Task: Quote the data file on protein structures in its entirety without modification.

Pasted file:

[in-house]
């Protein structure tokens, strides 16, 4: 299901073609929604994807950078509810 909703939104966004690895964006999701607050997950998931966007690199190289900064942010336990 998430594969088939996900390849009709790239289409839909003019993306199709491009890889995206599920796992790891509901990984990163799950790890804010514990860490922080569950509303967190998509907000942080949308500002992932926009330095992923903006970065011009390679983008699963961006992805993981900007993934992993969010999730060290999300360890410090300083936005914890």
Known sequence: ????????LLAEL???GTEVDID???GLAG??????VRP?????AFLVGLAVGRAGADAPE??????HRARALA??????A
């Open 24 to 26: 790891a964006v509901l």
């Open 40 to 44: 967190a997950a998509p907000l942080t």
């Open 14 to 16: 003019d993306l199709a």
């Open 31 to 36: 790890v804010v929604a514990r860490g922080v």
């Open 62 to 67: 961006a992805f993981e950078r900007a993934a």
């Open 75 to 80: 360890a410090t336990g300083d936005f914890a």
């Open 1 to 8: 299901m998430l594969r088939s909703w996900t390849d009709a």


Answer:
[in-house]
């Protein structure tokens, strides 16, 4: 299901073609929604994807950078509810 909703939104966004690895964006999701607050997950998931966007690199190289900064942010336990 998430594969088939996900390849009709790239289409839909003019993306199709491009890889995206599920796992790891509901990984990163799950790890804010514990860490922080569950509303967190998509907000942080949308500002992932926009330095992923903006970065011009390679983008699963961006992805993981900007993934992993969010999730060290999300360890410090300083936005914890």
Known sequence: ????????LLAEL???GTEVDID???GLAG??????VRP?????AFLVGLAVGRAGADAPE??????HRARALA??????A
């Open 24 to 26: 790891a964006v509901l």
């Open 40 to 44: 967190a997950a998509p907000l942080t």
């Open 14 to 16: 003019d993306l199709a």
């Open 31 to 36: 790890v804010v929604a514990r860490g922080v």
């Open 62 to 67: 961006a992805f993981e950078r900007a993934a």
């Open 75 to 80: 360890a410090t336990g300083d936005f914890a």
């Open 1 to 8: 299901m998430l594969r088939s909703w996900t390849d009709a």